Friendly DRM Is An Oxymoron

from the nothing-friendly-about-it dept

While the era of DRM on music may finally be ending, it appears that some other industries still haven't quite come to terms with the three simple facts that a few industries are finally realizing: (1) DRM does not work (2) DRM diminishes the value of your product (3) DRM pisses off your users. Despite these universal truths, every digital industry seems to go through this phase where they think that they can figure out how to do DRM right. A bunch of consumer electronics makers and movie studios are apparently working together on yet another DRM standard that they swear (this time, for real!!) will actually work and will be "friendly." We've heard it before, and the end result is the same (see numbers 1 through 3 above). As per usual, they're claiming that this system will be even better than non-DRM'd content, but fail to explain how that's actually true. At best, they say it'll be more convenient, but it's difficult to see how any limitation adds convenience rather than takes it away.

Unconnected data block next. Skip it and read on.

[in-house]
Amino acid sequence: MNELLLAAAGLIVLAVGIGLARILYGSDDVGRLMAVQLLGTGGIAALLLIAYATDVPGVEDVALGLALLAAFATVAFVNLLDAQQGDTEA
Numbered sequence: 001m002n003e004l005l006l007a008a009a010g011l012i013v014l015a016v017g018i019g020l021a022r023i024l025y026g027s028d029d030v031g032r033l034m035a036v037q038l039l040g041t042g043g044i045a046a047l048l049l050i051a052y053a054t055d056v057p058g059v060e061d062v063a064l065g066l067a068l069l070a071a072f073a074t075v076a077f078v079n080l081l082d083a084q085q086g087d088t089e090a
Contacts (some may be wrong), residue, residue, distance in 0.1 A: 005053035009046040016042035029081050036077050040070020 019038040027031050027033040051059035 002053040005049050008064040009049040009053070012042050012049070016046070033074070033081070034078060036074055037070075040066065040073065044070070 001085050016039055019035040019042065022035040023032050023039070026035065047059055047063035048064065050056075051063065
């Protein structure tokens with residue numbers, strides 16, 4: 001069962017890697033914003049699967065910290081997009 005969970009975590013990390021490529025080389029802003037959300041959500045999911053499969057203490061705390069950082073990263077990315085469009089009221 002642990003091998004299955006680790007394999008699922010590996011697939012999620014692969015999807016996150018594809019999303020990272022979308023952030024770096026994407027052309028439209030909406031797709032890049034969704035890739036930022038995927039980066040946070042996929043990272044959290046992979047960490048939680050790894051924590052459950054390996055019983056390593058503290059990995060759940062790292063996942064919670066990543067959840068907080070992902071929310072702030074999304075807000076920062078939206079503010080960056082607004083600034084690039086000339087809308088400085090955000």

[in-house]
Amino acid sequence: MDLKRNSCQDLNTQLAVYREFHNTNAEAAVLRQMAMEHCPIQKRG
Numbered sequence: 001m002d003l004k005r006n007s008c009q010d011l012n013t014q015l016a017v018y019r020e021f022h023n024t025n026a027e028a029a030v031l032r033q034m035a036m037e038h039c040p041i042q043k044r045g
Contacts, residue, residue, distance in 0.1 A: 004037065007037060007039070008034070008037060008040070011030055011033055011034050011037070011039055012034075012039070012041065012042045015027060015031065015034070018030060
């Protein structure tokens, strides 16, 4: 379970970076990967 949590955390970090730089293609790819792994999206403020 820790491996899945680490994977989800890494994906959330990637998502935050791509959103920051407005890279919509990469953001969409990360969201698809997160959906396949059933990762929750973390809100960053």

Filed Under: drm, friendly drm, movies

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  1. identicon
    Rich Kulawiec, 13 Jan 2009 @ 3:45pm

    DRM is also a massive security hole

    DRM is designed to vest part of the control of YOUR system in THEIR hands, for various pairs of "your, their". This has several unpleasant consequences. First, this surrender of control violates basic security principles. Second, you have no guarantee that it won't be abused -- surely nobody reading this site is so naive as to think that any/all data that can be WILL be harvested, stored, analyzed, and, if feasible, packaged for sale? And third, granting such control effectively also transitively grants control to any third parties authorized by the DRM controller...or to any third parties clever enough to subvert the DRM controller's security. This is why I refer to any system utilizing DRM as "pre-compromised at the factory". It is, of course, quite impossible to plug this hole except by replacing the system.

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